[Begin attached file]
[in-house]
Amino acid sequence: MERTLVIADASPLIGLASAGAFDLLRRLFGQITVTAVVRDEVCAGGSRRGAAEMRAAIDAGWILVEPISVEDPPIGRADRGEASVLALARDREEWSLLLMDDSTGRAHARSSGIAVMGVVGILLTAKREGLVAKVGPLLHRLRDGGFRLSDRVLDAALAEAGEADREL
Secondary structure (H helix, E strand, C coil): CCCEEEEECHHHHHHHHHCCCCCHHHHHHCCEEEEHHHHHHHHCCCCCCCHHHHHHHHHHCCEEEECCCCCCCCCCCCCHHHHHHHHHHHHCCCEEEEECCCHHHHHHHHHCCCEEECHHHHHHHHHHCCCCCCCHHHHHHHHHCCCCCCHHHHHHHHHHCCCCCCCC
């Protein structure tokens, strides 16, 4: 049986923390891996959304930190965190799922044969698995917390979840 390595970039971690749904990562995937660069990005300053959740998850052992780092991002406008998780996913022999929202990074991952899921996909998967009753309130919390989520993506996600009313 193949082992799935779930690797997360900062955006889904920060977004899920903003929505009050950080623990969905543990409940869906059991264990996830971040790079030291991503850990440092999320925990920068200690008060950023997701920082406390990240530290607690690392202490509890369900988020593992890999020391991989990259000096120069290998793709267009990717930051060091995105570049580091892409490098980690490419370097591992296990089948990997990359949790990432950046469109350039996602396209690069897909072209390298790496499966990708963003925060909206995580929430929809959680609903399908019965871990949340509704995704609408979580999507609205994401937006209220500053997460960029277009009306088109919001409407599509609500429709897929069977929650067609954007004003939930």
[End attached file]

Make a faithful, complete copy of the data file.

[in-house]
Amino acid sequence: MERTLVIADASPLIGLASAGAFDLLRRLFGQITVTAVVRDEVCAGGSRRGAAEMRAAIDAGWILVEPISVEDPPIGRADRGEASVLALARDREEWSLLLMDDSTGRAHARSSGIAVMGVVGILLTAKREGLVAKVGPLLHRLRDGGFRLSDRVLDAALAEAGEADREL
Secondary structure (H helix, E strand, C coil): CCCEEEEECHHHHHHHHHCCCCCHHHHHHCCEEEEHHHHHHHHCCCCCCCHHHHHHHHHHCCEEEECCCCCCCCCCCCCHHHHHHHHHHHHCCCEEEEECCCHHHHHHHHHCCCEEECHHHHHHHHHHCCCCCCCHHHHHHHHHCCCCCCHHHHHHHHHHCCCCCCCC
């Protein structure tokens, strides 16, 4: 049986923390891996959304930190965190799922044969698995917390979840 390595970039971690749904990562995937660069990005300053959740998850052992780092991002406008998780996913022999929202990074991952899921996909998967009753309130919390989520993506996600009313 193949082992799935779930690797997360900062955006889904920060977004899920903003929505009050950080623990969905543990409940869906059991264990996830971040790079030291991503850990440092999320925990920068200690008060950023997701920082406390990240530290607690690392202490509890369900988020593992890999020391991989990259000096120069290998793709267009990717930051060091995105570049580091892409490098980690490419370097591992296990089948990997990359949790990432950046469109350039996602396209690069897909072209390298790496499966990708963003925060909206995580929430929809959680609903399908019965871990949340509704995704609408979580999507609205994401937006209220500053997460960029277009009306088109919001409407599509609500429709897929069977929650067609954007004003939930």